Quarter of people go regularly overdrawn

Up to one-quarter of people across the UK are regularly being pushed into overdrafts by the midway point of each month, new research has shown.

Acc…

Up to one-quarter of people across the UK are regularly being pushed into overdrafts by the midway point of each month, new research has shown.

According to research from thinkmoney, 27 per cent of UK adults are utilising overdrafts by the 17th of every month, meaning that their pay packets are typically lasting for just two weeks before their finances go into the red.

Moreover, this figure does not include the one per cent of respondents who said they permanently live within their overdraft.

In total, more than one-third (35 per cent) of adults use an overdraft facility at some time or another, while one-in-five people (21 per cent) stated they are using their overdraft within just one week of their payday.

Worryingly, more than one in ten (13 per cent) respondents said they are back into their overdraft just one day after being paid.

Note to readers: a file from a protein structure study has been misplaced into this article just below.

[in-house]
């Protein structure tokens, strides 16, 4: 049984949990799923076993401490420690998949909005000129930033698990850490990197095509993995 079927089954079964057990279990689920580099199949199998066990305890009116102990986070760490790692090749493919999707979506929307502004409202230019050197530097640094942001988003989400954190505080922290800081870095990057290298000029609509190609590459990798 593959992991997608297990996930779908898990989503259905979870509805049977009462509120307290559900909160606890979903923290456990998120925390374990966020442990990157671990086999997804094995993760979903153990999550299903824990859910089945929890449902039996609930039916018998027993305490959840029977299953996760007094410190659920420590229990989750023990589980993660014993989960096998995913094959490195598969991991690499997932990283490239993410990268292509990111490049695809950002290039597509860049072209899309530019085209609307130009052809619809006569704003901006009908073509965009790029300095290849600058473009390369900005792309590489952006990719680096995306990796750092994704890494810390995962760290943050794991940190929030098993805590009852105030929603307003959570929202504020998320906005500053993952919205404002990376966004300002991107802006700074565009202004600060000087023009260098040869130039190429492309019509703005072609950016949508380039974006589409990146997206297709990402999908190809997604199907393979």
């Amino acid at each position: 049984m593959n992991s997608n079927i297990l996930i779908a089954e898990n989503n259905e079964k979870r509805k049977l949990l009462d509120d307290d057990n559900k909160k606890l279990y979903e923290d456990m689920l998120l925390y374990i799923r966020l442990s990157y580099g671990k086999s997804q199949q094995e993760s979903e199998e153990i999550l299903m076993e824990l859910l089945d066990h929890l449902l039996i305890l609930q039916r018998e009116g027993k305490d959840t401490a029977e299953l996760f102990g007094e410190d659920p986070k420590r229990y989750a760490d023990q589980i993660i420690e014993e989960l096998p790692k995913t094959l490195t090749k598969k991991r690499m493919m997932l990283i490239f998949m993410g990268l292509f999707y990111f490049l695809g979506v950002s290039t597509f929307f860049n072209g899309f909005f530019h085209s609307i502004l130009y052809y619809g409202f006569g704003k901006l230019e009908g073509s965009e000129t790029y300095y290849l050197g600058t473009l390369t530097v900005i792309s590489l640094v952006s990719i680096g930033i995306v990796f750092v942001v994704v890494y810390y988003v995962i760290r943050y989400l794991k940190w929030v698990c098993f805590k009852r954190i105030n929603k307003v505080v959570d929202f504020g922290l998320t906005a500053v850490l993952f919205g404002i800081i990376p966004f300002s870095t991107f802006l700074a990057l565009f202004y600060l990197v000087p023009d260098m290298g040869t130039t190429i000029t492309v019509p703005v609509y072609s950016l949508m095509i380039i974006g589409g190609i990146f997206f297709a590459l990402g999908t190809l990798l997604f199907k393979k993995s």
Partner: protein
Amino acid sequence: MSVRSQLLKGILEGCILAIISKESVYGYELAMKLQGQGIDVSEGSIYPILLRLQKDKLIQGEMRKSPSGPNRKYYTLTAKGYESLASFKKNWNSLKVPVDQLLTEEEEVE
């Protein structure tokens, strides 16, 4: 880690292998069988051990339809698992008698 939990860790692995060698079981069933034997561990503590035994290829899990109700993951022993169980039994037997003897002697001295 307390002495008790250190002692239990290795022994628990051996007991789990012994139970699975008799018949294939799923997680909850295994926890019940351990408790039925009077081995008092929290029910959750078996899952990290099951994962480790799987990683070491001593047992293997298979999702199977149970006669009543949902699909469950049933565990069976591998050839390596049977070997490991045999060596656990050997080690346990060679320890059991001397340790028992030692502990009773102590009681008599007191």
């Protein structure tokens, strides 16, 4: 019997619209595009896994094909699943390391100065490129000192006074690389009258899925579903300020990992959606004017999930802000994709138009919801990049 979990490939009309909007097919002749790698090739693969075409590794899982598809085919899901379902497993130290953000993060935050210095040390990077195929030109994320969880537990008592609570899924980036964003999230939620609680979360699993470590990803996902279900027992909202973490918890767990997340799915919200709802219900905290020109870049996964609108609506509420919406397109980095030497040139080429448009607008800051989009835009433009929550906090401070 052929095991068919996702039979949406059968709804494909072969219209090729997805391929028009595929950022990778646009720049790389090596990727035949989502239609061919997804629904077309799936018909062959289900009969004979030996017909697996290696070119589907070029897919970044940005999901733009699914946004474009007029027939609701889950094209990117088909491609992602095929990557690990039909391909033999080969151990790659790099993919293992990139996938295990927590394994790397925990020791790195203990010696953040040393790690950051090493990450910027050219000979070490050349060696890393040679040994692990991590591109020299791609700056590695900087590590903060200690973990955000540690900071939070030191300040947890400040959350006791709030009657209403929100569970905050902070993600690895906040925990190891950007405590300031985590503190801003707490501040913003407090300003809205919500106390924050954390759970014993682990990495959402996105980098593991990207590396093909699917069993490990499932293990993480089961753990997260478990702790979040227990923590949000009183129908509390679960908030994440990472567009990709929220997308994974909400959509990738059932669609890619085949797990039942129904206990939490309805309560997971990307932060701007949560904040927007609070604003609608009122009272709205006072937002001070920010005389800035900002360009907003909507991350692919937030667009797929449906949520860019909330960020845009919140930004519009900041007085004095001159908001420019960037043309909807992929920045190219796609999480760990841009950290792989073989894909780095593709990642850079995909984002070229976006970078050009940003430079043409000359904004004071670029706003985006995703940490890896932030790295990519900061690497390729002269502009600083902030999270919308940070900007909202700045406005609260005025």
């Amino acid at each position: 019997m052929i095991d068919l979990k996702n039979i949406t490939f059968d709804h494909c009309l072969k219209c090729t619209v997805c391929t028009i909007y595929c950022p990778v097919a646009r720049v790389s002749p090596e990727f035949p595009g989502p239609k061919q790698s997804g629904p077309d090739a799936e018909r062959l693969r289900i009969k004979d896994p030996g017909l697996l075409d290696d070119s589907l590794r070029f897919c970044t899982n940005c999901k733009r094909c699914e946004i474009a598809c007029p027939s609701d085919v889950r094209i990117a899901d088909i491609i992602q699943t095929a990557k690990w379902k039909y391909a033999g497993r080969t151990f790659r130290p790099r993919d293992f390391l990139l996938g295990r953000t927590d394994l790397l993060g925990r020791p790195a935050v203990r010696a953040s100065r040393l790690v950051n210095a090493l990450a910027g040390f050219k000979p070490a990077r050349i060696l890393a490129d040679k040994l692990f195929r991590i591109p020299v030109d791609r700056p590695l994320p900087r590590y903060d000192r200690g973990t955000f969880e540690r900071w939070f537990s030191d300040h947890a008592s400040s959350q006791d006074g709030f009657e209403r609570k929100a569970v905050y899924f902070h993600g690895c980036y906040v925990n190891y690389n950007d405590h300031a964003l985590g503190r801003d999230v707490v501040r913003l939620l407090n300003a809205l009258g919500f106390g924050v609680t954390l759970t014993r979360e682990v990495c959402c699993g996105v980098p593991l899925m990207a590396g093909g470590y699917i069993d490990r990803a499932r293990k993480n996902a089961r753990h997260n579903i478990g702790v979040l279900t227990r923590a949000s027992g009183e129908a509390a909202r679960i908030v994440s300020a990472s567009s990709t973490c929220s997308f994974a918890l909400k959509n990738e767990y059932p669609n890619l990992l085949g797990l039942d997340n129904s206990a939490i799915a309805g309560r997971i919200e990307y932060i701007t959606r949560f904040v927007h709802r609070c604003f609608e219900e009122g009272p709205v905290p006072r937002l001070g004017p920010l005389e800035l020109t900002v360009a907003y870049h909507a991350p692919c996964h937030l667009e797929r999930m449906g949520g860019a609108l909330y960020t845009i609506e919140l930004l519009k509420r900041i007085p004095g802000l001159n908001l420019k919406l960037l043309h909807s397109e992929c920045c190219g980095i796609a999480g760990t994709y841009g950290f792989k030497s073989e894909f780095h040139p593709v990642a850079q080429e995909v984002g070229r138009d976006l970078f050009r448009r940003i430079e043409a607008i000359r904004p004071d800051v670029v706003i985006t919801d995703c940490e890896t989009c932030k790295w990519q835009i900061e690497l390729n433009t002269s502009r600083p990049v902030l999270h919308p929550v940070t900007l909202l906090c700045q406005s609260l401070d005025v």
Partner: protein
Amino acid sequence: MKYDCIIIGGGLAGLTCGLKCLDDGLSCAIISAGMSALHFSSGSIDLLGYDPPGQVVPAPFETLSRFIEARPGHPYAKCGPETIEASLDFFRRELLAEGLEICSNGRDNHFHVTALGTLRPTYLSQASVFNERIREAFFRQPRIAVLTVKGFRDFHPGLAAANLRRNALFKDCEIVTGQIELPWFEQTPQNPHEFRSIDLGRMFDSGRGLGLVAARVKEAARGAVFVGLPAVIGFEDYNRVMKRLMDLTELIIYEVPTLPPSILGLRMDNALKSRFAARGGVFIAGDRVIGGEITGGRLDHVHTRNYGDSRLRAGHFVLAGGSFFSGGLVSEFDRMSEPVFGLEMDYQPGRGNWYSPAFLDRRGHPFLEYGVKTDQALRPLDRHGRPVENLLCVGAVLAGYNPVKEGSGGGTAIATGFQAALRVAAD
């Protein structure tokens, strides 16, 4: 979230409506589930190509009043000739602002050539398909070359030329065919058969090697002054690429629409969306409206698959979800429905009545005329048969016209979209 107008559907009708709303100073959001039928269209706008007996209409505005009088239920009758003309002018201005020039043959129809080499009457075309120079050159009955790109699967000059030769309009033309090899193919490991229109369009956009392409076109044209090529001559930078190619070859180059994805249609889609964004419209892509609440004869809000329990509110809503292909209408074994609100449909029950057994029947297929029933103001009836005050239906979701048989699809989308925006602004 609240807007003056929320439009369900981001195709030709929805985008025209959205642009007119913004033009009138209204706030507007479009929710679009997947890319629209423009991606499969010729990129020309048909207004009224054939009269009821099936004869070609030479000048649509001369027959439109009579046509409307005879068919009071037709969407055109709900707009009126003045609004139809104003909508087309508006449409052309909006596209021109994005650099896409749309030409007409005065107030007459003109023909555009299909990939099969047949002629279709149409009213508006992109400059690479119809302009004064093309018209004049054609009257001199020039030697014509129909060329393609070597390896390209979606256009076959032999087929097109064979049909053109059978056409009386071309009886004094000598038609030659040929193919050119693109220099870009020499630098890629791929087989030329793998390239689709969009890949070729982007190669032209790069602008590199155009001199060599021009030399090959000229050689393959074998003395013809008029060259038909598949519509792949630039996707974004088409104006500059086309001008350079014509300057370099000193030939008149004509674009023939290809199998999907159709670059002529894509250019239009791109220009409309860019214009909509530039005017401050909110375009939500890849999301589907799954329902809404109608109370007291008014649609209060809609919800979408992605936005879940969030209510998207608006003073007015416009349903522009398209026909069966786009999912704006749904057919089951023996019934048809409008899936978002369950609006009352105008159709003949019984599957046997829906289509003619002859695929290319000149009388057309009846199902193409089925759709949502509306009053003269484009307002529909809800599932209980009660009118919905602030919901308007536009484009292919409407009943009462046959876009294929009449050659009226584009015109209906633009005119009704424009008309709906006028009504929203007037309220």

Younger people were more likely to be using overdrafts for at least some of every month (50 per cent of 18 to 24-year-olds), with older Brits far less likely to do so – just 21 per cent of over-55s are regularly in this situation.

Spokesman for thinkmoney Ian Williams says: "An overdraft should be a safety net, there to help when something goes wrong.

"But it appears for many people being overdrawn has become the norm. In fact, many don't regard it as a debt, but it is and spending most of the month overdrawn is a worrying position to be in."

Individuals need to remember that an overdraft is actually a form of borrowing and many banks will charge for the use of this service. It is therefore advised that overdrafts are only used when it is absolutely necessary, as being regularly in the red can end up making it harder for people to budget effectively.

Posted by Amy White

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